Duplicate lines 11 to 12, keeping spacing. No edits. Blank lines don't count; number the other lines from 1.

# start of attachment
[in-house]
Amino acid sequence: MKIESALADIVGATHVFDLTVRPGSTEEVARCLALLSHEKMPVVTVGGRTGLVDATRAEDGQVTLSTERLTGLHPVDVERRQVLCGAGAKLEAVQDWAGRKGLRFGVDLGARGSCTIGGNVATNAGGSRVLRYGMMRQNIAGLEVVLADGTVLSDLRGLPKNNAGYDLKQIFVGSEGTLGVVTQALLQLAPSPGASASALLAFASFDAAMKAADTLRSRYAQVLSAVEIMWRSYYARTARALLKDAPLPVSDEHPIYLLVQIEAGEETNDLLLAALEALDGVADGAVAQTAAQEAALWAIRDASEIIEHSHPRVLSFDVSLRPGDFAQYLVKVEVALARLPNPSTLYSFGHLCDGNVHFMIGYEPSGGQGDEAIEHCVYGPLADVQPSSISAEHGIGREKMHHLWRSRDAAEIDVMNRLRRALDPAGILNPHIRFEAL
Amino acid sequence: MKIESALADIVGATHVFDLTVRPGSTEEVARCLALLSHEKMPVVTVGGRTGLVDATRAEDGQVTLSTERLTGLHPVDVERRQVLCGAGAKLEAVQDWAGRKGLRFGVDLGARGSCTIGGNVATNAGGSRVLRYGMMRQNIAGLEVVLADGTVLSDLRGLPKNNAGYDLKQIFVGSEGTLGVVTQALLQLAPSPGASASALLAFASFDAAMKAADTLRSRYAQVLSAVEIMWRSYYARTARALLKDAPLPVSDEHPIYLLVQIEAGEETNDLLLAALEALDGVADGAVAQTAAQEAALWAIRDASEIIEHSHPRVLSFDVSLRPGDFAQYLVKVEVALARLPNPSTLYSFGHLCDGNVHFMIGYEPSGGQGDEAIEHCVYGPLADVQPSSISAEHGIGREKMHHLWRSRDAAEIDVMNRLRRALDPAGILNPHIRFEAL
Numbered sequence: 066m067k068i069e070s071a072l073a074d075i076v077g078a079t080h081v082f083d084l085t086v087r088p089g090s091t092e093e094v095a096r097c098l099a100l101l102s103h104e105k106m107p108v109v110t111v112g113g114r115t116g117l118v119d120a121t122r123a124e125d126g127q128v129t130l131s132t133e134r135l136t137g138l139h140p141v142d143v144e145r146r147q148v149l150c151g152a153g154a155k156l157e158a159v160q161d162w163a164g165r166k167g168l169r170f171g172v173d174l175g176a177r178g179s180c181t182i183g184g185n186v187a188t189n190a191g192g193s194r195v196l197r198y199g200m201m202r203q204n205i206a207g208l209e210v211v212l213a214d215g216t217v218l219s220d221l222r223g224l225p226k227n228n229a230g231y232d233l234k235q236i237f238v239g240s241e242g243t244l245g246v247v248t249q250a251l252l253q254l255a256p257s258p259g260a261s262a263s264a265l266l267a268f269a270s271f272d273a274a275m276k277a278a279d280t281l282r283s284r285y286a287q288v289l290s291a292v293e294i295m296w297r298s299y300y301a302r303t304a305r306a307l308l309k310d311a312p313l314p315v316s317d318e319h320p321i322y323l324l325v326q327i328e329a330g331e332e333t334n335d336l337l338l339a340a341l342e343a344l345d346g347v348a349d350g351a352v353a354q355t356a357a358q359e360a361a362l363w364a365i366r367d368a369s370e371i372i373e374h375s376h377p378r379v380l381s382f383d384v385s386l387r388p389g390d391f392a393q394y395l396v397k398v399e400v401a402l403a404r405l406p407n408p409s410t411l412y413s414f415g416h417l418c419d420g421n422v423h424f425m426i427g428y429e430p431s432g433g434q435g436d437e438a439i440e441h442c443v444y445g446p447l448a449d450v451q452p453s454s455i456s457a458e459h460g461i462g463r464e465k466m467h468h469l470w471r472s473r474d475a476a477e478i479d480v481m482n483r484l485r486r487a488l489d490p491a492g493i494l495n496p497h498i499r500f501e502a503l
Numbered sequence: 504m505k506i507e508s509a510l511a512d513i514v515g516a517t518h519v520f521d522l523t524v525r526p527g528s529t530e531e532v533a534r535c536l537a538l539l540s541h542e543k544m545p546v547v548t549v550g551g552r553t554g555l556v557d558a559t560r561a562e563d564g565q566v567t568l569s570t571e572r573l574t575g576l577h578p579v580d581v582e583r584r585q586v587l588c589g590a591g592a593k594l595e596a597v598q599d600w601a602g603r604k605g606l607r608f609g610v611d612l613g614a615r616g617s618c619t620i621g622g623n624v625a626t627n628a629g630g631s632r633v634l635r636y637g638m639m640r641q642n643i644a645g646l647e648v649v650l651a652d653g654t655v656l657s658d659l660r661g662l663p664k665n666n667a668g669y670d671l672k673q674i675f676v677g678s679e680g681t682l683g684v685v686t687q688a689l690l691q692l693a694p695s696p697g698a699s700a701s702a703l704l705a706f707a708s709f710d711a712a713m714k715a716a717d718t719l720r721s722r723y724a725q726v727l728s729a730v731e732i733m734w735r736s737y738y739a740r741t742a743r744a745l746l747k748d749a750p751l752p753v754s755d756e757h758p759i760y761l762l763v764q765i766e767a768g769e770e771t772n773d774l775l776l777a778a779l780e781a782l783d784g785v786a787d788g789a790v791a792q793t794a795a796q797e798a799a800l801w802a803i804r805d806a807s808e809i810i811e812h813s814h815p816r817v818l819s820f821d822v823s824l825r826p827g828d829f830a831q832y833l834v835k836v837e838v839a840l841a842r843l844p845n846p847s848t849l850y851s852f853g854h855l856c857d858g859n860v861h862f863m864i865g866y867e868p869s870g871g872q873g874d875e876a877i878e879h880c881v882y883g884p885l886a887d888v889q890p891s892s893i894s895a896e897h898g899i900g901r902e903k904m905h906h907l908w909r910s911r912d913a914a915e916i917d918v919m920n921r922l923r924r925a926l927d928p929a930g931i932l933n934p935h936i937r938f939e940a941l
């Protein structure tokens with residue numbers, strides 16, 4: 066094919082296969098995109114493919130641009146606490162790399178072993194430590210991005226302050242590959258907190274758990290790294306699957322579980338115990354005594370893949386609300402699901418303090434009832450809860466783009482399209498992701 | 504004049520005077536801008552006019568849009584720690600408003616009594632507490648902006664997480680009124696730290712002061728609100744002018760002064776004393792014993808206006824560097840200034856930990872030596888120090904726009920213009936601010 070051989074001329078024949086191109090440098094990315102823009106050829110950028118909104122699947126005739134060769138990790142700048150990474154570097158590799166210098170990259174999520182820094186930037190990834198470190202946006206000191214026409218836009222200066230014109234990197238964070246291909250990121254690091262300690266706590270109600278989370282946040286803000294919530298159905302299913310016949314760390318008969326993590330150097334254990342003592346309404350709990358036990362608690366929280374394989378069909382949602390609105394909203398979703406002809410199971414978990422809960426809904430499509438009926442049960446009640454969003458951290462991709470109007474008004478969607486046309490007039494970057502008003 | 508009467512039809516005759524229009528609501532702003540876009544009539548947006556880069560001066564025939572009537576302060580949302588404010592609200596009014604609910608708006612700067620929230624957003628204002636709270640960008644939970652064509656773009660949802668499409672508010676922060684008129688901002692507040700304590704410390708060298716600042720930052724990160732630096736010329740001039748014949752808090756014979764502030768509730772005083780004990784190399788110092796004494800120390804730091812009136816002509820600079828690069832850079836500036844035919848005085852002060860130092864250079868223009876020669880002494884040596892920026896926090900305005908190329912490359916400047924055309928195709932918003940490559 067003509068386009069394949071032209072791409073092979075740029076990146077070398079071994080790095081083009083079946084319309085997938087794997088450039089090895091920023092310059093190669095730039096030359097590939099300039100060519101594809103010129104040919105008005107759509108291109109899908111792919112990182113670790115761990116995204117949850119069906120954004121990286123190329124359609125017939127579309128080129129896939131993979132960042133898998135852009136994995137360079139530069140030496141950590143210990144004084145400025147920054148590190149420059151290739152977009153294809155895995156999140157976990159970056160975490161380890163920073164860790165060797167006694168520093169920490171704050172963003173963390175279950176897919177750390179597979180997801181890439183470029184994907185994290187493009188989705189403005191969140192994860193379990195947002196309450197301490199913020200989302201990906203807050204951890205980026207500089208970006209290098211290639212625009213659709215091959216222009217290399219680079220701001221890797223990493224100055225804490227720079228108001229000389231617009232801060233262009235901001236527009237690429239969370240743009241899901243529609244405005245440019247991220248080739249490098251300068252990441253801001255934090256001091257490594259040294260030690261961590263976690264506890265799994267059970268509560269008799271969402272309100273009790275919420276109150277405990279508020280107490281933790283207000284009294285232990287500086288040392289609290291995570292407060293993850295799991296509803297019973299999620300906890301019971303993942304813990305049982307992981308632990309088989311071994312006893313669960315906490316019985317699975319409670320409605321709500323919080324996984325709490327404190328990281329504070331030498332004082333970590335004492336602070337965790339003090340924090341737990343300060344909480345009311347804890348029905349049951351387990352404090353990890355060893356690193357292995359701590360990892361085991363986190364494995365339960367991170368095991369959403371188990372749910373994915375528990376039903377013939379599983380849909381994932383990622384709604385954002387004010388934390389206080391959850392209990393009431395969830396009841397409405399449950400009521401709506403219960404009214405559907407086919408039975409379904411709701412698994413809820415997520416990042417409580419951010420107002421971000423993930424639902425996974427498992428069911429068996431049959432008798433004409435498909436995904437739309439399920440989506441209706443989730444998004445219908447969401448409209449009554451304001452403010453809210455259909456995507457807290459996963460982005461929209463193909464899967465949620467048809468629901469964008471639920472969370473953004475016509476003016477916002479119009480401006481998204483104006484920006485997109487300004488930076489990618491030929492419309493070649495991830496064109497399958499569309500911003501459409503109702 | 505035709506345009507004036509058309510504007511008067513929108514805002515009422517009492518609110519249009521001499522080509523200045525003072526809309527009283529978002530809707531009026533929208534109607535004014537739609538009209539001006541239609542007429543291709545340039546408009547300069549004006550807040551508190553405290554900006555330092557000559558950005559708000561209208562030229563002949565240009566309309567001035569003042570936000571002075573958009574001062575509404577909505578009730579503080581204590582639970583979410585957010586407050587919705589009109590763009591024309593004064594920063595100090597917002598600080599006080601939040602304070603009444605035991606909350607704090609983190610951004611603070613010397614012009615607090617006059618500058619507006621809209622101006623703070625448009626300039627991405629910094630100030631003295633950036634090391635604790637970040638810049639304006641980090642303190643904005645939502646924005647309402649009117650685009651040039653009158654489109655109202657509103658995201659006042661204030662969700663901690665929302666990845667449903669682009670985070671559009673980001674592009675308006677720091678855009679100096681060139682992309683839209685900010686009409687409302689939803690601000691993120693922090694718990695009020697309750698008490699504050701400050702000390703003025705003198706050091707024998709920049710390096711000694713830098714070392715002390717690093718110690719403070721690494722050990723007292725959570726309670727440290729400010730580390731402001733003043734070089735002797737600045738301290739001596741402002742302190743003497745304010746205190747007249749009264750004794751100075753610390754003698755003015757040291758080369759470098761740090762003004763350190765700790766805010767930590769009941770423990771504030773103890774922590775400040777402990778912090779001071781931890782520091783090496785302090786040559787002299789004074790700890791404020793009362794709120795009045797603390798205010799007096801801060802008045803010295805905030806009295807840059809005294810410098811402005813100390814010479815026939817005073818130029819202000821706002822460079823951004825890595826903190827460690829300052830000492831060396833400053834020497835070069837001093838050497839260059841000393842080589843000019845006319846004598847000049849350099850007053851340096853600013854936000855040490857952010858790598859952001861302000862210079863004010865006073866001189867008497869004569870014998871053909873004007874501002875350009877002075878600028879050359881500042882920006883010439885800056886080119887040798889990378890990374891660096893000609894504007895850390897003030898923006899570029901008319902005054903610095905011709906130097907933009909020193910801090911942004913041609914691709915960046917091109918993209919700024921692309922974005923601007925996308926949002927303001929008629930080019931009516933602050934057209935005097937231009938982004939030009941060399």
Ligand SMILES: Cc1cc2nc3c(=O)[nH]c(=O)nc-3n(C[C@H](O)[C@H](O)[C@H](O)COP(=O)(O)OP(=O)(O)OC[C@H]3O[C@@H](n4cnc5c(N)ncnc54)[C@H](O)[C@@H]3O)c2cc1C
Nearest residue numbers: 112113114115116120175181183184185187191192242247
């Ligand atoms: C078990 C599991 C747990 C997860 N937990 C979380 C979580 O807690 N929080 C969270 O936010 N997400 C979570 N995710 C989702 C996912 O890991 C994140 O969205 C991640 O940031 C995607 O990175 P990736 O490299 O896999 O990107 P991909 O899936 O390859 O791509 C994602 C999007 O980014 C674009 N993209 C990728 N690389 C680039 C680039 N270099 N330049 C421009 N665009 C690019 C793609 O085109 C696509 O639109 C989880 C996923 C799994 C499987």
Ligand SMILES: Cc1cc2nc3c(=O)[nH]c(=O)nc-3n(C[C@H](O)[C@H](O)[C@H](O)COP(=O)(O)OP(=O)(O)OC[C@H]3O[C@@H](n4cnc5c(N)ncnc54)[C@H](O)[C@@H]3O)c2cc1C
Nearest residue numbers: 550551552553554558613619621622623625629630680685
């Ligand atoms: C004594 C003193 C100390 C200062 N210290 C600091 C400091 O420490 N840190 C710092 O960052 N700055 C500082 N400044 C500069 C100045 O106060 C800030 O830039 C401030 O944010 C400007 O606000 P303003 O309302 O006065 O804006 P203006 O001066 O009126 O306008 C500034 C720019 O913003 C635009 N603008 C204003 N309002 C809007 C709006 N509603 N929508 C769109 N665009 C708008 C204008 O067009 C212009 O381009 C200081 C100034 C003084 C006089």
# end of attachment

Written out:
Nearest residue numbers: 550551552553554558613619621622623625629630680685
């Ligand atoms: C004594 C003193 C100390 C200062 N210290 C600091 C400091 O420490 N840190 C710092 O960052 N700055 C500082 N400044 C500069 C100045 O106060 C800030 O830039 C401030 O944010 C400007 O606000 P303003 O309302 O006065 O804006 P203006 O001066 O009126 O306008 C500034 C720019 O913003 C635009 N603008 C204003 N309002 C809007 C709006 N509603 N929508 C769109 N665009 C708008 C204008 O067009 C212009 O381009 C200081 C100034 C003084 C006089």